The rare beauty of the bay, with its towering limestone karsts, makes it become a natural wonder of the world and a UNESCO World Heritage site. The best way to enjoy Halong Bay is on a three day and two-night cruise, giving you a lot of time to enjoy the Bay. There are a lot of cruise operators to choose from, with most including transport between Hanoi and Halong Bay. It is important to know that this is a four-hour journey and must too far for a day trip.
We chose Galaxy Premium Cruises and satisfied with our choice. We spent our days watching the wonderful scenery, kayaking and swimming in the Bay, and eating great seafood. The accommodation on board was very clean and comfortable and we are fond of sitting on the top deck, particularly at sunset. Day two was our highlight when we left the other boats far behind and spent the day swimming and kayaking among the vast scenery, almost alone.
4. Sailing along the Tam Coc River
Sailing along the quiet waters on the Tam Coc River is one of the most scenic boat rides to take with children in Ninh Binh. A three-hour cruise in a wooden rowboat takes you through three caves, past towering karsts, and cuts through a green rice paddy.
The highlight of a Tam Coc boat ride is sailing through the narrow caves with bats hanging from the roofs and ghostly stalactites and stalagmites. The three natural caves are called Hang Ca, Hang Hai, and Hang Ba; each is remarkably different from the rest. Kids will love navigating through the dark and mysterious caves.
There are a lot of stops along the way where little ones can get out of the boat and stretch their legs. The most popular shore excursions are visiting ornate waterside temples and traditional pagodas. The rowers are willing to help kids. Life jackets are provided for all passengers and kids have to wear one at all times. Most Kids find sailing along on the tranquil water calming, so it’s a wonderful family activity.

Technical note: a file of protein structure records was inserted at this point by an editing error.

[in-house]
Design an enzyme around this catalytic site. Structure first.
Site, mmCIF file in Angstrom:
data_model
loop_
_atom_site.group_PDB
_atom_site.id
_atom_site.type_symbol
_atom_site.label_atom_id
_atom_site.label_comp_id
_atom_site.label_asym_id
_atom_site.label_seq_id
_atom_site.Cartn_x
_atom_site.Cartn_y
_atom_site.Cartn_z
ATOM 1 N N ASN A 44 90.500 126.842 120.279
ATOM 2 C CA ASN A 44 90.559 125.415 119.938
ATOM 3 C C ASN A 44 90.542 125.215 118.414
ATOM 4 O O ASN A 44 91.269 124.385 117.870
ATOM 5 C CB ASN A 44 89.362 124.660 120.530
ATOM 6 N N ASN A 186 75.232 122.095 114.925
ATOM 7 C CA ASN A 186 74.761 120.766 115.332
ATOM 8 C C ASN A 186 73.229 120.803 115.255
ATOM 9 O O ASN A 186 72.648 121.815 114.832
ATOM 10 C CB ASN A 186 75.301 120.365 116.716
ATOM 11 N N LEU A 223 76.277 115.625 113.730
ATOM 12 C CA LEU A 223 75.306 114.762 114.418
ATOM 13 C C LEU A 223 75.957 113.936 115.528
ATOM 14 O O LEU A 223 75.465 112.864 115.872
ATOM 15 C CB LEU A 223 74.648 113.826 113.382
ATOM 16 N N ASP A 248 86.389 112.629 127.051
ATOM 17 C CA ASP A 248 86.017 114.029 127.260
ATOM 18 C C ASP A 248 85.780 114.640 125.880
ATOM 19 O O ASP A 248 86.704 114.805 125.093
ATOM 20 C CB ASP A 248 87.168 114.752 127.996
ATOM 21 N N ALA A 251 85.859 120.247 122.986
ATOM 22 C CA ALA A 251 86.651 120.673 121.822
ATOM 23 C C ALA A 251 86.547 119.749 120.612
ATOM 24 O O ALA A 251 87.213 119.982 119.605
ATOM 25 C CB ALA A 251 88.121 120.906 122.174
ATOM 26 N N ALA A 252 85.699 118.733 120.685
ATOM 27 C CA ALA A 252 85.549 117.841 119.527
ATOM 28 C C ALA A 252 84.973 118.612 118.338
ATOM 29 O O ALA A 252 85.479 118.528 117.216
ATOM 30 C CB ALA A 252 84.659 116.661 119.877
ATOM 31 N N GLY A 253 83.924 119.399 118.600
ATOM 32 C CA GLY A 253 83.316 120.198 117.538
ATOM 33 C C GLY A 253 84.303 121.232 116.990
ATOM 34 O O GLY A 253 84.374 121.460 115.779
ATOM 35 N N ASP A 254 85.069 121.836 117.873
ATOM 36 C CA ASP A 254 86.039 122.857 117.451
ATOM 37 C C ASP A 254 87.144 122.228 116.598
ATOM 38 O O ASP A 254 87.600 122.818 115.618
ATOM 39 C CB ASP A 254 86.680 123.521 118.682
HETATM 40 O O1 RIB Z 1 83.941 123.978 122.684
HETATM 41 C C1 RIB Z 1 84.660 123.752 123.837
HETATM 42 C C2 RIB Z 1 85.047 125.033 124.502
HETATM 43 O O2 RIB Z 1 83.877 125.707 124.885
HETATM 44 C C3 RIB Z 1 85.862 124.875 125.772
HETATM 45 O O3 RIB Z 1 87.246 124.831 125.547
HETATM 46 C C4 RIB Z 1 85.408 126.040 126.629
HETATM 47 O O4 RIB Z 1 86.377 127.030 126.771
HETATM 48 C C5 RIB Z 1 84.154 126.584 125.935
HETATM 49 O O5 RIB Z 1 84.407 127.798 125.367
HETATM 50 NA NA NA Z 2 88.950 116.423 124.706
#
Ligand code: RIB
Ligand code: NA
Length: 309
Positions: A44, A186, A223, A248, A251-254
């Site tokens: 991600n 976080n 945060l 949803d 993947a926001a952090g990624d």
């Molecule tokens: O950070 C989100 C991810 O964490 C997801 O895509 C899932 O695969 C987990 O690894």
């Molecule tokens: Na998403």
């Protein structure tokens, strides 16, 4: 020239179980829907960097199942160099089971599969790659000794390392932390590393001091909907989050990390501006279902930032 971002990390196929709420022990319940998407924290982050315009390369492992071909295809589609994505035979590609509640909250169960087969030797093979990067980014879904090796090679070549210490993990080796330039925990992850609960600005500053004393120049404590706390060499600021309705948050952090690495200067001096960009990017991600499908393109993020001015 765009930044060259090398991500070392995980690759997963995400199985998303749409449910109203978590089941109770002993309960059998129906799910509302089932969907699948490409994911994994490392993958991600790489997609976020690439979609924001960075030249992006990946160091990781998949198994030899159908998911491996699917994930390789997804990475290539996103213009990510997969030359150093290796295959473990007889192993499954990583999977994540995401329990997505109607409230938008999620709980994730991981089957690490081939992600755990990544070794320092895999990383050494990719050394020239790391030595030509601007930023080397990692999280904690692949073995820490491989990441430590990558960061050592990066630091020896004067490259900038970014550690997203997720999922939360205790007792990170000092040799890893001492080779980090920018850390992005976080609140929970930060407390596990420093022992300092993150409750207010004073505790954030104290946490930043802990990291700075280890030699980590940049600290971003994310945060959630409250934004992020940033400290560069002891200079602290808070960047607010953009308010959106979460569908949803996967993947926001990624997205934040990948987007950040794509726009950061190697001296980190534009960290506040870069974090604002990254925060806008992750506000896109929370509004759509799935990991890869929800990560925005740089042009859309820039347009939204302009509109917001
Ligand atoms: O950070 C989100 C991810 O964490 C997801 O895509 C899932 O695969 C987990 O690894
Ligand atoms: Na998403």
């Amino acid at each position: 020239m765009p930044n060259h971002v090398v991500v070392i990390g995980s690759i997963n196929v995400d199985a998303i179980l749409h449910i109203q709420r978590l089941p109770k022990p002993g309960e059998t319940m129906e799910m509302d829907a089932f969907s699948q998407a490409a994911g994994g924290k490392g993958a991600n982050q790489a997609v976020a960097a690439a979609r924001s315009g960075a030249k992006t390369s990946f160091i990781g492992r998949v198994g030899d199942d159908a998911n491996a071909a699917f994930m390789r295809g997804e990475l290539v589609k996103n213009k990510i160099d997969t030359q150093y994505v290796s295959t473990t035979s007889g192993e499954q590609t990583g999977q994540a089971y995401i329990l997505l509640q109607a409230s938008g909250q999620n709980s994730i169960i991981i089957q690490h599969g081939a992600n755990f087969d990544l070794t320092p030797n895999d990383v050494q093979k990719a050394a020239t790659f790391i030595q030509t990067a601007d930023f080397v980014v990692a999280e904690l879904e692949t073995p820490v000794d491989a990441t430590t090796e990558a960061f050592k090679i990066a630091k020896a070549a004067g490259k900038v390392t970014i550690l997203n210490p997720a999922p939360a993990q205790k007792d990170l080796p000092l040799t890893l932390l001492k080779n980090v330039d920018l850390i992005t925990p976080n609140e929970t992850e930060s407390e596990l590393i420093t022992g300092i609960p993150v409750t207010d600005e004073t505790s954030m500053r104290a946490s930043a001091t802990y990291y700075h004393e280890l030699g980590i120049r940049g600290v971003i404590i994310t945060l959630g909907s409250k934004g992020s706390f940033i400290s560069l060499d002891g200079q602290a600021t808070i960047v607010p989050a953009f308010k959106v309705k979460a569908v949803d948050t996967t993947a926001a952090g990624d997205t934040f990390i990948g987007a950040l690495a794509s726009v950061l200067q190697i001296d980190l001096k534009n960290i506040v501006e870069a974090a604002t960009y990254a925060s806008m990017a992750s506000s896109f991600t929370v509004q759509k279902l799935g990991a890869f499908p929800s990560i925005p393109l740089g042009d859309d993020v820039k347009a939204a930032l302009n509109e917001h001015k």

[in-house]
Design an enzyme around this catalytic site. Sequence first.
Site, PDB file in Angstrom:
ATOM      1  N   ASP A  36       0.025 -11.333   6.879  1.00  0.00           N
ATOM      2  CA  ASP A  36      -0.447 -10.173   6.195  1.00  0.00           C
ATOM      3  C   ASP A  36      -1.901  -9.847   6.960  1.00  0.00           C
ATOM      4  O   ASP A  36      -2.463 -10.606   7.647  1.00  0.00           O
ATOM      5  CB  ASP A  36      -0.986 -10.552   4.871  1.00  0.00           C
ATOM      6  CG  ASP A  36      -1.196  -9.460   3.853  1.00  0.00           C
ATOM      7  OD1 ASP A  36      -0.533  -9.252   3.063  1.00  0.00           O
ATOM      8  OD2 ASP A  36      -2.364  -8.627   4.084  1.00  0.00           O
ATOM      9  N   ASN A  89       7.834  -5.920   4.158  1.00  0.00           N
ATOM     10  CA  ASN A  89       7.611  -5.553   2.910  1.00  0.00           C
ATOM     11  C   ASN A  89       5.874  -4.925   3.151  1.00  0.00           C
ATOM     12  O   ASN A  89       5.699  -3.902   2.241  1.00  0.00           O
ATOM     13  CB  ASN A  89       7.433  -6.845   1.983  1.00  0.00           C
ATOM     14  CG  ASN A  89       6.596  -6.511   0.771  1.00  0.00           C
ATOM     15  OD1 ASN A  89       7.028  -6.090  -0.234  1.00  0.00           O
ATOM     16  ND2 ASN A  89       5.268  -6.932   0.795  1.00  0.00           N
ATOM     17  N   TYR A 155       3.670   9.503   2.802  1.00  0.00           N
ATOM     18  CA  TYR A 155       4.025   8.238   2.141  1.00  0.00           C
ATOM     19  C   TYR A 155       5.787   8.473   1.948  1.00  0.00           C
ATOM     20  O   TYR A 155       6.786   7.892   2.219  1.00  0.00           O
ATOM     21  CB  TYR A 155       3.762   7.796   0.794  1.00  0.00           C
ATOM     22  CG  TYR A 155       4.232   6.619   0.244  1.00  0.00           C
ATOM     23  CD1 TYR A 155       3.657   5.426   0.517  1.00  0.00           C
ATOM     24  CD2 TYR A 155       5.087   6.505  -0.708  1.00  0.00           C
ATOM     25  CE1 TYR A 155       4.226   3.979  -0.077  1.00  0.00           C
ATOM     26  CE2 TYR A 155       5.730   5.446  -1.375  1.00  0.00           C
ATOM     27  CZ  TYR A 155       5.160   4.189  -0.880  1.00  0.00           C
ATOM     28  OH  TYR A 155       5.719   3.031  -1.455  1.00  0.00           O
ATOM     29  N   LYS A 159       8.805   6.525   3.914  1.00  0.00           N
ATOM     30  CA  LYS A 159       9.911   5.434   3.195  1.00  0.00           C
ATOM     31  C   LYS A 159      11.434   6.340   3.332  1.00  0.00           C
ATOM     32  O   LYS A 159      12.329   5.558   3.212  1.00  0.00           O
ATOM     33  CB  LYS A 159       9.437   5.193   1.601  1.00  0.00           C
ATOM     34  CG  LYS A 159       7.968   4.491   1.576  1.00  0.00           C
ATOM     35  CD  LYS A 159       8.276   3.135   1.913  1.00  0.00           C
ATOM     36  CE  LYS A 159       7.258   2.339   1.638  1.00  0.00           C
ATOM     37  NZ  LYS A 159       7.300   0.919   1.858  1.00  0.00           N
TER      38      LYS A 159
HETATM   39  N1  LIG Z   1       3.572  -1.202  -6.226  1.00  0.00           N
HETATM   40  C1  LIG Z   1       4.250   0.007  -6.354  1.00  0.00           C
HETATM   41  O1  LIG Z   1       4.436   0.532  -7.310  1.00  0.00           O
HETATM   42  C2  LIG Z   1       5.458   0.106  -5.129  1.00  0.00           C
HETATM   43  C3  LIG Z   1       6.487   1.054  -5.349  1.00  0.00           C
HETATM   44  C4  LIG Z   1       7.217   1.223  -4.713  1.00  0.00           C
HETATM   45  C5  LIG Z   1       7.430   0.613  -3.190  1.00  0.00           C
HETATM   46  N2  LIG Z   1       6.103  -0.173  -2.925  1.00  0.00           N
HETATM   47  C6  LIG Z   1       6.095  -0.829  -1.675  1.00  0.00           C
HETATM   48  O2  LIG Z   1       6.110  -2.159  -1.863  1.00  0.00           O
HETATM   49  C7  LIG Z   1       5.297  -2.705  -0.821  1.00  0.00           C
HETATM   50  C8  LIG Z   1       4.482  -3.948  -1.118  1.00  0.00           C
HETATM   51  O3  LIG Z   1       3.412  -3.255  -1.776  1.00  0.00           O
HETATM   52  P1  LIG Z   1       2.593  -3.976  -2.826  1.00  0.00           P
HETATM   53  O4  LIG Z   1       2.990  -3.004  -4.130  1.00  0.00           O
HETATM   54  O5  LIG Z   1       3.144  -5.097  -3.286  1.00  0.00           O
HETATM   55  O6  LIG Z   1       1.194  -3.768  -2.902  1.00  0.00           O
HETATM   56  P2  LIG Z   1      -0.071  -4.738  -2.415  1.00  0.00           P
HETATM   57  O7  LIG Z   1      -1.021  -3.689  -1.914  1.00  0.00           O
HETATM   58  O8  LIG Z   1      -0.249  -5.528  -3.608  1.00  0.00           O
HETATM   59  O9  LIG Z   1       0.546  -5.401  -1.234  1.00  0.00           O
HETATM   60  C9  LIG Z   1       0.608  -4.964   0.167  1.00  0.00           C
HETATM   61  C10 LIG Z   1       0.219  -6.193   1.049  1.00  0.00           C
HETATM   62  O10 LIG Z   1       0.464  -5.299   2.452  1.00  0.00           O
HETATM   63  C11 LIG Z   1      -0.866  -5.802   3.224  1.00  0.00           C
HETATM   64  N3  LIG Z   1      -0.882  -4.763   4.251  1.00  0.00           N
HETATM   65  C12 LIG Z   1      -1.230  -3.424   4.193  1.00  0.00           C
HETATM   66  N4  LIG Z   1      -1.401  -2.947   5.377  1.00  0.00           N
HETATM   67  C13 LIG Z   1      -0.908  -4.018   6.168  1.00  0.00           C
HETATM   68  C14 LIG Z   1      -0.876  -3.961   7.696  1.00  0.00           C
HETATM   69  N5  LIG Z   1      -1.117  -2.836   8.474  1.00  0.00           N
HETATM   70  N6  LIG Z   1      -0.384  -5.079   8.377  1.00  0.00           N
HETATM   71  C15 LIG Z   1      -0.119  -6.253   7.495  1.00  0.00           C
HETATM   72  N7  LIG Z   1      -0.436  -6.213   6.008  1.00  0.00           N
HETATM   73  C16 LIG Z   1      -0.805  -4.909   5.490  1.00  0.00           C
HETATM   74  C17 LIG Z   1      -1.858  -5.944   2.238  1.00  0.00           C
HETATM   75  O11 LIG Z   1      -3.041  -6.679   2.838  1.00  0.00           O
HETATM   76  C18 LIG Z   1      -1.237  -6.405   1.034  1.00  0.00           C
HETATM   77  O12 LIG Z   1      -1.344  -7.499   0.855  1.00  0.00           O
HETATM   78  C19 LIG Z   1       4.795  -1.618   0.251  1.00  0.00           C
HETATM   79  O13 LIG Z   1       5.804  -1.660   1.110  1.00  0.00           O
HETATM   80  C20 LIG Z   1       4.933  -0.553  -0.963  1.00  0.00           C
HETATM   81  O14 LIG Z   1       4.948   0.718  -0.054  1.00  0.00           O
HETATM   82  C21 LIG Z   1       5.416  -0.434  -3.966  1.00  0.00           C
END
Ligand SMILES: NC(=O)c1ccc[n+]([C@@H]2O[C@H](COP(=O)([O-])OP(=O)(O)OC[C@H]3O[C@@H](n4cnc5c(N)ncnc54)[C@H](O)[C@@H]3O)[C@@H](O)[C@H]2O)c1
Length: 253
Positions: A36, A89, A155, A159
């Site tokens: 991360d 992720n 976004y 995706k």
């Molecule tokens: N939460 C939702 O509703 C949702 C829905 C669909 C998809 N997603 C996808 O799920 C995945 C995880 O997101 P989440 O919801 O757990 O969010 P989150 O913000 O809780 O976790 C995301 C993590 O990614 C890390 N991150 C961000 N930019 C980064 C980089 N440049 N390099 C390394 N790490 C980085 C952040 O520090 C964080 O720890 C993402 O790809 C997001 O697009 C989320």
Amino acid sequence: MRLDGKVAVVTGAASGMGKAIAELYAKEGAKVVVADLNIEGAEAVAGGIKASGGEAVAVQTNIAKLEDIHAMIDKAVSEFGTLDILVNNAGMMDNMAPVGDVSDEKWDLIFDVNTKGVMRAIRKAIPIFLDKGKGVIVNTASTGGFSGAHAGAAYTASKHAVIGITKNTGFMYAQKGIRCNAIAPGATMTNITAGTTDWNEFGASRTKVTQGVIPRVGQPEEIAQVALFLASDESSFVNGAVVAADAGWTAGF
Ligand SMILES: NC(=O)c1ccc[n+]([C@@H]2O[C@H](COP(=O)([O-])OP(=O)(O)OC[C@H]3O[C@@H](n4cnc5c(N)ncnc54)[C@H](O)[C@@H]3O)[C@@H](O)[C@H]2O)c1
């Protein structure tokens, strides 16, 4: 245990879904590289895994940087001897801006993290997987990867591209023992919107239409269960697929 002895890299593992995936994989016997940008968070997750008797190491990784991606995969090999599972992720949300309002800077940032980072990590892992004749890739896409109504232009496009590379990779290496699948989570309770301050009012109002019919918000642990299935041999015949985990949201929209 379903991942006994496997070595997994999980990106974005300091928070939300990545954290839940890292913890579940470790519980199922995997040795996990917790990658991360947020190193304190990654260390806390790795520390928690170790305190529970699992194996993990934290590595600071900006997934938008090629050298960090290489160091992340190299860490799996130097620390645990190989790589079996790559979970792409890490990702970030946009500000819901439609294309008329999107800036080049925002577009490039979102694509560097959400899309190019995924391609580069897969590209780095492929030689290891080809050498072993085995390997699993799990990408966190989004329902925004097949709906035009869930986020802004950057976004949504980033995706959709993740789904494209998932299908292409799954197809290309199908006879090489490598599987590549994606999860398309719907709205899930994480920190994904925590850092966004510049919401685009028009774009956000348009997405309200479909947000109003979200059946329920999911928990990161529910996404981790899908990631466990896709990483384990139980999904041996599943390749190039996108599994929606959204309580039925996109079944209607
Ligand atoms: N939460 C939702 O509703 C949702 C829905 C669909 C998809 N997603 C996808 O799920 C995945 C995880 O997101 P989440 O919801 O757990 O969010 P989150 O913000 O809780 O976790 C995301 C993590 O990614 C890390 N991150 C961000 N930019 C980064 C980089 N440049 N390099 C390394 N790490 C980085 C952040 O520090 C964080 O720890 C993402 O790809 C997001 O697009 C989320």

5. Boating along the Perfume River
One of our favorite activities we did as a family in Vietnam was to go on a half-day tour along the Perfume River in Hue! Hire a traditional Vietnamese boat right from the city center of Hue and it will take you all along the river with stops at Thien Mu Pagoda and Hue Citadel. The boat will stop at each of these places and you can hop out and explore while the boat waits for you to come back to go to the next site.
Most boats are capable be hired directly along the river with the drivers, but we contracted with our hotel and the cost is only about USD 35 for our family of four members.
6. Enjoying the rides and games at Sun World Ba Na Hills
Sun World Ba Na Hills has been pretty famous recently for it’s photogenic “Golden Hand Bridge”. Really, built for Instagram, it is held aloft by two giant stone hands that appear to spring straight out of the mountain below. However, what most people don’t realize is that this bridge is only a single attraction in a sprawling theme park built in the mountains outside of Danang.